If nothing else, it makes sense that Stay Alive is very flighty in tone, shifting between emotions to mirror how crushingly depressing everything can be, and how the only weapon to suitably combat it is the impetus to rise above it. Naturally Grace’s own ennui takes the form of self-examination (the very first line of the album is “I am a haunted swimming pool, I am emptied out and drained”), holding onto memories of all the places she’s visited before crashing back down to reality, where a track like Mountain Song outlines just how draining the stupor can be when the boredom, loneliness and inability to do anything actually set in. There’s also the matter of the rest of the world that seems to be burning itself down in tandem that exacerbates that overwhelm, particularly on the album centerpiece Hanging Tree as a summation of the constant state of disrepair that just seems to be accepted as the new normal. On the flip side though, there’s the need for positivity more than ever; it’s the overall theme of the album embodied in its title and the central feeling of commonality the runs through the lyrics, bookended by the album closer Old Friend (Stay Alive), where the need to survive and get through this is so much greater than whatever temporary obstacles might be in the way. It’s the sort of feel-good ending that mightn’t typically be associated with Grace, but that instead comes from Blood & Thunder, an amendment to The Devouring Mothers’ song I Hate Chicago that sees Grace put her gripes and complaints aside, and find the beauty around her in a way that only insurmountable odds and unprecedented times can reveal.

It’s the sort of ground-level, insular stuff that’s usually expected from an album like this, especially when the writing is, without question, its most important factor. Of course, Grace is enough of a vastly talented songwriter to remain consistory engaging, with a strong, strident voice that keeps the punk spirit as indelible as ever. As such, it’s not really an album that demands much evaluation when it comes to the instrumentation, mostly because it’s primarily comprised of spare acoustic guitars with the occasional drum machine, and sometimes a louder electric guitar to fill out the mix. Honestly, they’re probably the least impressive moments on the album, not only because there’s a generally feeling of redundancy to them within an album designed to be as small as possible, but because they don’t sound all that great. SuperNatural Possession might have a bit of classic rock swagger but its riff is phenomenally flat, with So Long, Farewell, Auf Wiedersehen, Fuck Off has a scraping, compressed mix that shows off some of the more prevalent limitations of Steve Albini’s production style. Really, there’s nothing all that wrong with the sole elements being Grace and an acoustic guitar; it can be both fittingly vulnerable and pick up a quicker rollick when it needs to, and it doesn’t get in the way of lyrics that are the most important thing here. It’s a no-frills approach, but it’s where Stay Alive works the most, and trying to pile on additional guitars or distracting stiff programmed percussion can take away from that.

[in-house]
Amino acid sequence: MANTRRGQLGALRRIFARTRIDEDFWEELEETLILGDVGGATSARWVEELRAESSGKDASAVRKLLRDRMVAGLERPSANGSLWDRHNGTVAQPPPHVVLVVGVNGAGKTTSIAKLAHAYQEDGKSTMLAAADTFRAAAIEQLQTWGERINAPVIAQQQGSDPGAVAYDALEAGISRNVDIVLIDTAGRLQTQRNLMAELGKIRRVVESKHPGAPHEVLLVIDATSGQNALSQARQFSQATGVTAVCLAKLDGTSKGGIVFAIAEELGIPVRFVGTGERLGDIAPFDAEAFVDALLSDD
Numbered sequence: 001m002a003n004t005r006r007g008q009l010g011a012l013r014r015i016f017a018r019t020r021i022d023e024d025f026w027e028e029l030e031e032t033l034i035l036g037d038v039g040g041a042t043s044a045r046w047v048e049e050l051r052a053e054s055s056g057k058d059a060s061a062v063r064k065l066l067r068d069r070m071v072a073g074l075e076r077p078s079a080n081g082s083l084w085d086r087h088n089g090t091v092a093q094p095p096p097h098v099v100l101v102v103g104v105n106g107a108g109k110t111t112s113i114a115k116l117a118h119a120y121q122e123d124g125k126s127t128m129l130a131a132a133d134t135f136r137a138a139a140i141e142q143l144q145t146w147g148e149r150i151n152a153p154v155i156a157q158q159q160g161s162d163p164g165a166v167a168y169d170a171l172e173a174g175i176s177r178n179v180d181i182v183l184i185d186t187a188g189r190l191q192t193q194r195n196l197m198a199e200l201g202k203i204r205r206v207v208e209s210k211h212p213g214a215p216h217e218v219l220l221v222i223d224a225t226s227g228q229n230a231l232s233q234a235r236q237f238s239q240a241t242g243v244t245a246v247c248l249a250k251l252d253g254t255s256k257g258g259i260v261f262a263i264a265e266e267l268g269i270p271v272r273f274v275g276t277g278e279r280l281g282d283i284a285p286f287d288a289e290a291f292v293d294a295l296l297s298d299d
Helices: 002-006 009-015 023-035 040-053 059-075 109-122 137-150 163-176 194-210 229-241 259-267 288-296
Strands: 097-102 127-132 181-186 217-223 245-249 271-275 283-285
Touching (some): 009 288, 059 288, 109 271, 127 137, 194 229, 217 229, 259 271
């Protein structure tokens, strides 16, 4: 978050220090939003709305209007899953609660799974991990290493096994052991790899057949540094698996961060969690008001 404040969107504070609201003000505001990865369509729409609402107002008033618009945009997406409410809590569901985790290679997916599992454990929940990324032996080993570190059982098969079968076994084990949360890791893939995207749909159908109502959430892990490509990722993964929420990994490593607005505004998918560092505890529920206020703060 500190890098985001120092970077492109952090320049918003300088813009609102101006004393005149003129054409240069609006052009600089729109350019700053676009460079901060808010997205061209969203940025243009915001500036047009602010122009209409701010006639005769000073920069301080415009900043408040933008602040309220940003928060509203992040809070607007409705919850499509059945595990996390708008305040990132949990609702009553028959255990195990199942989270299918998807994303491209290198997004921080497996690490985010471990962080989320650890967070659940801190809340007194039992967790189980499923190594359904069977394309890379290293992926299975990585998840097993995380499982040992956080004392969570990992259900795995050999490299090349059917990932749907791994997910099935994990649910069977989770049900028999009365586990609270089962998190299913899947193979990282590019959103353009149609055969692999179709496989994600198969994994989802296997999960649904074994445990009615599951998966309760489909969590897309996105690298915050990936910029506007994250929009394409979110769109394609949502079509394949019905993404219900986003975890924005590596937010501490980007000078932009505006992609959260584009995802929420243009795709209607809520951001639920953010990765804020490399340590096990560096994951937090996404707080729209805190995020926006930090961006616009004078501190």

At the end of the day though, Stay Alive has a very distinct purpose in mind, and Grace fulfills that with flying colours. What it lacks in dynamism is made up for in songwriting that has a lot of heart and intelligence, factors that Grace has always wonderfully displayed and it’s no different here. It’s definitely not as essential as her work with Against Me! or even The Devouring Mothers’ album, something that might hold back its replayability down the road, but right now, in the climate that it lives in and is looking to explore, it’s a potent piece of work that has some real tangible moments of relatability. It’s rare that an artist can pull that off without coming across as mawkish or out of their depth, but that’s something that’s always been a huge strength of Grace’s, and it’s where Stay Alive finds its feet the most solidly.


For fans of: Tim Barry, Chuck Ragan, Brian Fallon
Words by Luke Nuttall

‘Stay Alive’ by Laura Jane Grace is out now on Big Scary Monsters.